A realistic idealist at Oslo

by Thomas Reese

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U.S. President Barack Obama holds his medal and certificate after accepting the 2009 Nobel Peace Prize at City Hall in Oslo, Norway, Dec. 10. (CNS/Reuters/John McConnico)


Many on the political left have become disillusioned with Barack Obama because of his escalation of the Afghanistan war, his bailout of the financial industry, and his failure to advance his domestic agenda. As a result, they read his speech in Oslo, Norway, through the lens of disillusionment. Pacifists (who must not have been listening during the presidential campaign) are appalled by his defense of the just-war theory. Others argue that he has not proved that the Afghan war truly is a just war.

Such criticisms failed to see the speech for what it was: not a detailed defense of the Afghan war, but a comprehensive overview of the role of the United States in international affairs, a view that is principled and realistic, not ideological or naive.

Obama began by asserting that violence is sometimes necessary, and while he honors and respects the views of Mahatma Gandhi and Martin Luther King, as president he has responsibilities that these men did not. He acknowledges that war can be justified only if certain criteria are met: “if it is waged as a last resort or in self-defense; if the force used is proportional; and if, whenever possible, civilians are spared from violence.”

He does not present war as some glorious adventure but as an ugly and brutal reality: “No matter how justified, war promises human tragedy.” Nor is every use of force justified even in a just war. “We lose ourselves when we compromise the very ideals that we fight to defend.” He commits the United States to following international standards that govern the use of force.

Obama does not present war as the only instrument of foreign policy. He points to the United Nations, international treaties and aid programs. He argues that “the ideals of liberty and self-determination, equality and the rule of law have haltingly advanced,” but he asserts that the postwar institutions were built to deal international conflicts, not with civil wars and terrorism. Like those who built them, we will need “the same vision, hard work and persistence” to find new ways to peace.

He proposed three ways to build a just and lasting peace.

“We must develop alternatives to violence that are tough enough to actually change behavior,” he told his audience. “Intransigence must be met with increased pressure -- and such pressure exists only when the world stands together as one.”

Second, we must recognize that “only a just peace based on the inherent rights and dignity of every individual can truly be lasting. ... Peace is unstable where citizens are denied the right to speak freely or worship as they please, choose their own leaders or assemble without fear.” But unlike ideological purists, he understands that “sanctions without outreach -- condemnation without discussion -- can carry forward only a crippling status quo. No repressive regime can move down a new path unless it has the choice of an open door.”

Third, “a just peace includes not only civil and political rights -- it must encompass economic security and opportunity. For true peace is not just freedom from fear, but freedom from want.” He understands that “security does not exist where human beings do not have access to enough food, or clean water, or the medicine and shelter they need to survive. It does not exist where children can’t aspire to a decent education or a job that supports a family. The absence of hope can rot a society from within.”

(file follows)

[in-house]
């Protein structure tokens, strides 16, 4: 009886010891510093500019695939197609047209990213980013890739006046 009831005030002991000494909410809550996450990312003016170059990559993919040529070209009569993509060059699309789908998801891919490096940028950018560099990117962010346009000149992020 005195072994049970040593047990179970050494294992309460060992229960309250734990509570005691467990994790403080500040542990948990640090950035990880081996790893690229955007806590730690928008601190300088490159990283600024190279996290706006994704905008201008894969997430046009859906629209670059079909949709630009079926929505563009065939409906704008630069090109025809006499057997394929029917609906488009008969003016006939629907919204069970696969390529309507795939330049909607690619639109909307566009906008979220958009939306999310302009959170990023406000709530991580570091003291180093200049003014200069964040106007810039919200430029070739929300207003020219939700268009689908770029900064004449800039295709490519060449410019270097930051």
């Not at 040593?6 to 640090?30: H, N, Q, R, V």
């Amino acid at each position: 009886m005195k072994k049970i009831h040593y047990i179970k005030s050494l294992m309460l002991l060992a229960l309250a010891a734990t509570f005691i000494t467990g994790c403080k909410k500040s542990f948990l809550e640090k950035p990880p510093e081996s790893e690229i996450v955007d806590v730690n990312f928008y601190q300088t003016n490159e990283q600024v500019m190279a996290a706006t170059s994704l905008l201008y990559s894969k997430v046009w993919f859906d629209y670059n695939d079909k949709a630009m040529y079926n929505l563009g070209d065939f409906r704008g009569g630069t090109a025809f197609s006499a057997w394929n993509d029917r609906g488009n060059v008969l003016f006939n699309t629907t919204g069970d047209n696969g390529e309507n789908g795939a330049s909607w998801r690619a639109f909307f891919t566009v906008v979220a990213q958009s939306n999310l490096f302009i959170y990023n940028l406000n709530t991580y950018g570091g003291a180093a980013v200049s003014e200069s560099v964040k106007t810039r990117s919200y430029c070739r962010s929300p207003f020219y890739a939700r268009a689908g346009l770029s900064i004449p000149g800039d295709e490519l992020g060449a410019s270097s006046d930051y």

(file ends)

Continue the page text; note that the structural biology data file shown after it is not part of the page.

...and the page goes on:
In his Oslo speech, Obama sketched out the big picture on foreign policy and showed himself to be an idealist but a realistic one. He is not a revolutionary; he is an incrementalist who believes that every step forward is progress. He understands the fallen nature of humankind but believes we can be better. We “do not have to think that human nature is perfect for us to still believe that the human condition can be perfected.”

In his address, he constantly tried to find the balance between realism and idealism: “We can acknowledge that oppression will always be with us, and still strive for justice. We can admit the intractability of depravation, and still strive for dignity. Clear-eyed, we can understand that there will be war, and still strive for peace. We can do that -- for that is the story of human progress; that’s the hope of all the world; and at this moment of challenge, that must be our work here on earth.”

Ideologues of the right and the left will find such statements wishy-washy. Others, like David Brooks and E.J. Dionne, heard in it the Christian realism of Reinhold Niebuhr. But the speech was also very Catholic in its embrace of both the just-war theory and multilateralism, human rights and responsibilities, peace and justice, sin and the “spark of the divine that still stirs within each of our souls.”

Obama has articulated the big picture, now his challenge is to implement policies that advance justice and peace rather than making matters worse.

[Jesuit Father Thomas J. Reese is a senior fellow at the Woodstock Theological Center in Washington.]

Three opinions on President Obama's Nobel speech

Jesuit Fr. Tom Reese calls Obama A realistic idealist at Oslo.

But NCR columnists Coleman McCarthy says, Obama too easily dismissed Martin Luther King Jr. and Ghandi and that the president should have studied othe Nobel laurates more, bcause, he said, Peacemakers also see the world as it is.

David Kreiger writes that Obama's Oslo speech "must reflect the divisions within himself and his personal struggles to reconcile them. ... How troubling it is to see this man of hope bogged down by war, not only on the ground but in his mind." Kreiger's essay is called The Nobel War Lecture.

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